It was a bitter sweet moment when I was demobbed and had to leave all my friends at Northwood. You meet so many different characters and personalities, men and women from all sorts of backgrounds, with different standards and opinions, some not compatible with yours but others completely in harmony with your views. Of course this then makes it all the harder to say goodbye but there are many who you never really forget.  

    After a brief time at home I returned to my old job, shoe repairing at the Express Shoe Repairs shop in Greenford.  I found it difficult to settle back to this life again. My experience was nothing compared to thousands, even millions of those who had been away fighting overseas, many coming home traumatized with injuries, physical and mental, from their experiences whether on battlefields or as prisoners of war. The hardships and agonies they and their families endured trying to readjust to their earlier lifestyle, had become something foreign and never to be quite the same again. It certainly made me realise how lucky I was.  After a few weeks at the shop I spoke to my boss and told him how I felt. He said he fully understood my feelings and wouldn’t try to dissuade me if I wanted to leave. He wished me luck for the future and I left the world of cobbling behind, although I must say my ability to repair shoes was useful in my early days of marriage when money was a bit tight.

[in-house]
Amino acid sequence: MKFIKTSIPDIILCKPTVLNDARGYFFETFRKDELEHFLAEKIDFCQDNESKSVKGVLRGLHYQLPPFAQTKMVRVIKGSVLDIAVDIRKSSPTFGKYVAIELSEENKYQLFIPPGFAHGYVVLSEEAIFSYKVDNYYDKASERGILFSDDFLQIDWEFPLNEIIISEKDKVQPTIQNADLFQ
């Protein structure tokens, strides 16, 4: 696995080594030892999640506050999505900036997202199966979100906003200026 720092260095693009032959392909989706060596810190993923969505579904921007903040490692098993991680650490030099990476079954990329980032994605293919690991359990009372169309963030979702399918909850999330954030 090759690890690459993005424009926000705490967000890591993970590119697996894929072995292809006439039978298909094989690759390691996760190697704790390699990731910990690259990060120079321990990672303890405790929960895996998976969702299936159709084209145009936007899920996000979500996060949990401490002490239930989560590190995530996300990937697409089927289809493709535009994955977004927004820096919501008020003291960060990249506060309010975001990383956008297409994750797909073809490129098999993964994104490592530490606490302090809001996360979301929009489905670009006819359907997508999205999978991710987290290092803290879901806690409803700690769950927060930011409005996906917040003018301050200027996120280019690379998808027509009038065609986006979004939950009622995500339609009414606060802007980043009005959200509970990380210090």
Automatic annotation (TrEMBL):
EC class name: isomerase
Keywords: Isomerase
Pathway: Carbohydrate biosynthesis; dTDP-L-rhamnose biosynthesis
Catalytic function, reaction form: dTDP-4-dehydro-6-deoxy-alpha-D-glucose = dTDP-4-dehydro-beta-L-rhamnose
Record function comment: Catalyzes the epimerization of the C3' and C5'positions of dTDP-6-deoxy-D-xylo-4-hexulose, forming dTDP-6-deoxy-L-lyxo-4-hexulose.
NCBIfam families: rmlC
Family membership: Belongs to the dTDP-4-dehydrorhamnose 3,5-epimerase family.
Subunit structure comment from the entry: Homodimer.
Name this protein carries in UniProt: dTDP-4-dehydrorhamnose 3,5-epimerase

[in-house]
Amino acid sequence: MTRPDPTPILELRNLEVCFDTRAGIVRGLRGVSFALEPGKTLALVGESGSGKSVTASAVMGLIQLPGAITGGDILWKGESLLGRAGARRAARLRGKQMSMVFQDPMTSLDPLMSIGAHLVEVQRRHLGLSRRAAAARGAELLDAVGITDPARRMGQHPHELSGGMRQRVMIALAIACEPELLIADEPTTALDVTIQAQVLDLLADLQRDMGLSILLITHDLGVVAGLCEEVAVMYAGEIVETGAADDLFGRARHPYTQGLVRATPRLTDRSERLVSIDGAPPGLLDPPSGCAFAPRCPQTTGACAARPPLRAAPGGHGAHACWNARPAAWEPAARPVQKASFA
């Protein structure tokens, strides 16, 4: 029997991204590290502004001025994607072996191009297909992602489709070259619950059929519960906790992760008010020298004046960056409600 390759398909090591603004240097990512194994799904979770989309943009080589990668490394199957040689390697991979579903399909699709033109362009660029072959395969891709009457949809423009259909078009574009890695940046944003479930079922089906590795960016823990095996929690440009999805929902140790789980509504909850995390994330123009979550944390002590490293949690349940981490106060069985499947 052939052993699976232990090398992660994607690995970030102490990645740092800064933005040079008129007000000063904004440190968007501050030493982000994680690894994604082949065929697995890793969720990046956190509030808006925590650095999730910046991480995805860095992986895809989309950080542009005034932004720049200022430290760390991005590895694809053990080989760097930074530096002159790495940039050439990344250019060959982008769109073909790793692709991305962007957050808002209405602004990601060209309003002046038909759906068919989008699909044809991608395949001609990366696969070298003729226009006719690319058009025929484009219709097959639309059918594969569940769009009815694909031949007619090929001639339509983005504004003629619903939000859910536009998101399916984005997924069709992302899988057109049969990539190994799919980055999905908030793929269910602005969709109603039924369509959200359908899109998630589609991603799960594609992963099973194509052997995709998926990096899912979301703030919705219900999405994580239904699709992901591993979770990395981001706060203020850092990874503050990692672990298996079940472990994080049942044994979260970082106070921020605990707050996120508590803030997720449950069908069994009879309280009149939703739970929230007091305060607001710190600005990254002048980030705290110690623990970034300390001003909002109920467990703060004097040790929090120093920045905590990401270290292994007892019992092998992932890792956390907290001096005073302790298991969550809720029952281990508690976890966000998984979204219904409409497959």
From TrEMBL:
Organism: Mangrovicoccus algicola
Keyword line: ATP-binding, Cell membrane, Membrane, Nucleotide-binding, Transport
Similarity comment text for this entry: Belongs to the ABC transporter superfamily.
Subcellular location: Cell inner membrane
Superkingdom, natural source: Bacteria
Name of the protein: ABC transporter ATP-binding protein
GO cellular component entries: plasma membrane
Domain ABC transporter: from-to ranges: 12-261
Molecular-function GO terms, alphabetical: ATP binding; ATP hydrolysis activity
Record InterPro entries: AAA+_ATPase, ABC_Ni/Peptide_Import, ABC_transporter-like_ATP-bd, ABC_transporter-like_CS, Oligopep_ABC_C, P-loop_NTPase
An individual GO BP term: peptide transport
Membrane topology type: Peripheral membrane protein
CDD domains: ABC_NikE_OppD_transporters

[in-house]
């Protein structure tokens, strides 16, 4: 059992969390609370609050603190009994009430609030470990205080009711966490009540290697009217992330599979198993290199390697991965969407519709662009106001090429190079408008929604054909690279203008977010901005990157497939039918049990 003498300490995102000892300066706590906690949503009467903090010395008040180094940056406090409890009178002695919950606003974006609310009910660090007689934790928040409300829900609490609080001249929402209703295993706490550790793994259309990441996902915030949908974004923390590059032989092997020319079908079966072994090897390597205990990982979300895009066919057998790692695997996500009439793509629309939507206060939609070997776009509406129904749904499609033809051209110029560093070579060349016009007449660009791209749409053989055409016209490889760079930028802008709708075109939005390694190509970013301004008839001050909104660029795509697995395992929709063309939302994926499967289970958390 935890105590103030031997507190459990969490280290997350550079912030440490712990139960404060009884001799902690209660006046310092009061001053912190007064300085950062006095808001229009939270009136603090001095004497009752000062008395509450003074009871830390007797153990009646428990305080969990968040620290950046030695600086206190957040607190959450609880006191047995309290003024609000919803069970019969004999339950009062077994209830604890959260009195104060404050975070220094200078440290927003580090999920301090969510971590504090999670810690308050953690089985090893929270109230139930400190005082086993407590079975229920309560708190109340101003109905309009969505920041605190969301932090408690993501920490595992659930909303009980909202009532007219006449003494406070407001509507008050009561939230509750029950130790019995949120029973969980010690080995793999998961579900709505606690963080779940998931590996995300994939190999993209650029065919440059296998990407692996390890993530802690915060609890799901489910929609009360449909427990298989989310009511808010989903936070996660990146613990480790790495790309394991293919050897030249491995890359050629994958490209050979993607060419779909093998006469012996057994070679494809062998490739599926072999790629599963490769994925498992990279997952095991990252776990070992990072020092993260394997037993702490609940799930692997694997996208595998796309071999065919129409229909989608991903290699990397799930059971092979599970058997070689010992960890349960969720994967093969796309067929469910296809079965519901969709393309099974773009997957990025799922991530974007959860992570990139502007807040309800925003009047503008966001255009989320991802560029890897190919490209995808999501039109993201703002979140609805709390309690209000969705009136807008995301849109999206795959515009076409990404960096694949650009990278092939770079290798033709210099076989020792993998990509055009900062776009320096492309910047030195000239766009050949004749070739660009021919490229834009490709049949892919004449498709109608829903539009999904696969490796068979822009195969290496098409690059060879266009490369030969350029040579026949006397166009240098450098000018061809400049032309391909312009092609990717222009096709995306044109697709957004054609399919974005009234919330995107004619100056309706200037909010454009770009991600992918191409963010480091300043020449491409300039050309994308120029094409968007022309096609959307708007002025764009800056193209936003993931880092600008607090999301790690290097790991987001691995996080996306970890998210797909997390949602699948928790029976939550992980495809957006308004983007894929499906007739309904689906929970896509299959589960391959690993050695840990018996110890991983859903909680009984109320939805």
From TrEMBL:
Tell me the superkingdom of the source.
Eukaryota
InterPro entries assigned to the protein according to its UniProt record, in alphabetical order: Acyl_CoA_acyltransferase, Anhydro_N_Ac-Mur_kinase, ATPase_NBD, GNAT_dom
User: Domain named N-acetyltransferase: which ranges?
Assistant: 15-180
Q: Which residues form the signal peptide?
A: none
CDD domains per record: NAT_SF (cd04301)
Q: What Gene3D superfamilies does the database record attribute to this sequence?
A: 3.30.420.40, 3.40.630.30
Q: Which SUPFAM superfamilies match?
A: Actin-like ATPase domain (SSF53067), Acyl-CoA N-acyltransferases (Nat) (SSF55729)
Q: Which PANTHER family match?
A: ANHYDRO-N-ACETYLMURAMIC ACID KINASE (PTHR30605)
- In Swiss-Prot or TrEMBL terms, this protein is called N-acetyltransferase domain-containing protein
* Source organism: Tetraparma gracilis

The latter part of 1952 bought a series of disasters in Britain .  In August the people of Devon suffered when heavy rain broke the banks of East and West Lyn rivers. The flood water hit the resort of Lynmouth killing 36 people and forcing many others to leave their homes. The next month another tragedy struck when 28 spectators died when a prototype jet plane crashed at the Farnborough Air Show. As if that wasn’t enough the agony continued in October when 102 people died as a Perth to London express and a northbound train from Euston crashed into a stationary commuter train at Harrow and Wealdstone station. Finally in December we were subjected to dense fog which enveloped London . This ‘smog’ as it was called only lasted a few days but it was estimated that its noxious poisonous fumes indirectly killed around 4000 people, particularly the elderly.